Challenges and opportunities
• The pandemic has seen a rise in puppy sales and the service is increasing investigations into unlicensed dog breeding. Engaging, educating and encouraging these businesses to become licensed will be the initial approach, but an increase in enforcement work and potential prosecutions against unlicensed activity is anticipated in 2021.
• A similar approach will be taken in relation to a likely increase in businesses taking advantage of new legislation allowing removable furniture on the highway.
• Will continue efforts to disrupt unlicensed scrap metal collection.

The Committee was reminded that the Licensing Team consists of only nine staff who manage over 2,000 live licences and cover a range of issues involving over 40 pieces of legislation. Members were assured that the service will be ready for the exit from the latest COVID-19 lockdown, whichever direction that takes. It was also noted that the suggested potential area for in-depth review - Animal Activities Licensing - will not now be put forward for inclusion on next year’s work programme as these processes are being reviewed by the service (since it involves relatively new legislation).

The Committee commended the work of the service during 2020-2021 and asked for thanks to be passed onto staff in recognition of the very challenging year they had experienced. Members felt that the service was a highly-organised department within the Council, and that a large proportion of the public may not understand its activity - as such, it would be worth publicising its work more widely (e.g. Stockton News) which may also aid in encouraging and reinforcing the reporting of concerns / issues for follow-up.

Also in attendance was the Cabinet Member for Access, Communities and Community Safety who echoed praise for the excellent work of the service and reiterated the new responsibilities and ways of working that staff had taken on. Continuing to strengthen the service’s online offer and positive feedback from the taxi trade was also noted, as was the latest Private Hire and Hackney Carriage policy review, an area in which the Council was in a much better place than a number of other Local Authorities in the region.

Community Services and Transport

The Council’s Community Protection and Resilience Service Manager presented a Community Services-focused overview report. Noting that service delivery is influenced by a range of internal and external factors that develop over time, and that, like all other areas of the Council, the last year had been particularly challenging due to COVID-19, continued work towards meeting Council priorities was outlined as follows:

Crime and Anti-Social Behaviour
• Reduction in both publicly-reported crime (11.6%) and total crime (which includes Police-generated crimes) (5.7%) between April and December 2020.
• The positive outcome rate for total crime is 13.1% year-to-date, a 1.9% increase against the previous year. Stockton-on-Tees has the lowest crime rate in the Tees Valley (per 1,000 population) at 58.2 crimes.
• Regarding national comparators, the Borough has a crime rate slightly higher than average within its most similar group (MSG) and is ranked 11th out of 15 (with 1st being the best performing) - despite better performance, this is lower than last year as others have improved more. Compared to the other Tees Valley areas, Stockton-on-Tees is performing the best and better than the Tees Valley average (even when stripping-out COVID-19 anti-social behaviour (ASB) -related incidents).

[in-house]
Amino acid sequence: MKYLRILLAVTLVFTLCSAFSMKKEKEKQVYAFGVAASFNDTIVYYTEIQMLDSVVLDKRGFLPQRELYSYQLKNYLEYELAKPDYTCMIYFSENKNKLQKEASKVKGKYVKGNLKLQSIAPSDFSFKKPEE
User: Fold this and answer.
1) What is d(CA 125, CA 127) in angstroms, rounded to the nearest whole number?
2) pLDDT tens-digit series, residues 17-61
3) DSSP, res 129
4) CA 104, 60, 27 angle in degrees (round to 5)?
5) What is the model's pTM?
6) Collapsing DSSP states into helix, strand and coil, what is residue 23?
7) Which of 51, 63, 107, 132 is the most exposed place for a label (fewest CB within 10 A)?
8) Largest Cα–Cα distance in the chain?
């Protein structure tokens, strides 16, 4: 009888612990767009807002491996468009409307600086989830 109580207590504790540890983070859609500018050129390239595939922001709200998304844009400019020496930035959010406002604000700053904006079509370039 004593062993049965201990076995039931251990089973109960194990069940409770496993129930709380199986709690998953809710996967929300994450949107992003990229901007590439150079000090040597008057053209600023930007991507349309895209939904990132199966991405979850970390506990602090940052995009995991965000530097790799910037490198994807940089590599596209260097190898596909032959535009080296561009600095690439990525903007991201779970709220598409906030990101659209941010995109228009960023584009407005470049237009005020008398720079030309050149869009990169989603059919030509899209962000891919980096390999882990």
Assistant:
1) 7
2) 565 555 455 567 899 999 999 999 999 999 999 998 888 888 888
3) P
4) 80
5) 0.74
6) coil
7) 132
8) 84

• 2,295 ASB service requests recorded by the Civic Enforcement Team (including noise and alcohol issues), a decrease of 117 incidents (4.9%). Incidences of begging and rowdy / nuisance behaviour also significantly down compared to the same period last year.

Hate Crime
• Continued commitment to raise awareness / impact of hate crime through the Safer Stockton Partnership (SSP). Work continues to increase the reporting of this crime.
• The Council is an important part of the established Tees Strategic Hate Crime Group which aims to develop and agree consistent approaches to hate crime reporting and awareness-raising across Cleveland.
• At a local level, the Stockton Hate Crime Group continues to review activity as well as improve engagement with community and minority groups across the Borough.
• Roll-out of Prevent awareness-raising training has continued throughout the Council and to key partners in education and community-based services despite COVID-19. Programme of engagement continues within schools with additional briefings undertaken at local colleges / universities.
• Taking on the responsibility for chairing the Prevent Silver Group in 2021.
• Following refreshed guidance to the Channel process (part of Prevent) in late-2020, it will be a priority this year to ensure appropriate changes are made in Stockton-on-Tees.

Asylum and Migration
• The Borough continues to act as a dispersal area for asylum seekers, and in 2019, G4S was replaced by Mears Housing Group as the accommodation and support provider in the North East and Humber.
• Local asylum seeker numbers have reduced over the last year but challenges remain regarding the delivery of the Mears contract, largely around COVID-19 and the commissioning of suitable properties.
• This issue is under constant review and continues to be a priority area.

Civic Enforcement Service (operational response)
• Work has continued to ensure the service carries on meeting the needs of the public, businesses, and Members.
• During the pandemic, the service has supported food distribution to the most vulnerable in the Borough’s communities, as well as supporting both testing and vaccination delivery alongside business-as-usual demand.
• Overall level of requests has remained in line with expectations. Between April and December 2020, the service responded to over 6,500 calls with the majority relating to environmental crime (namely fly-tipping and other waste-related offences).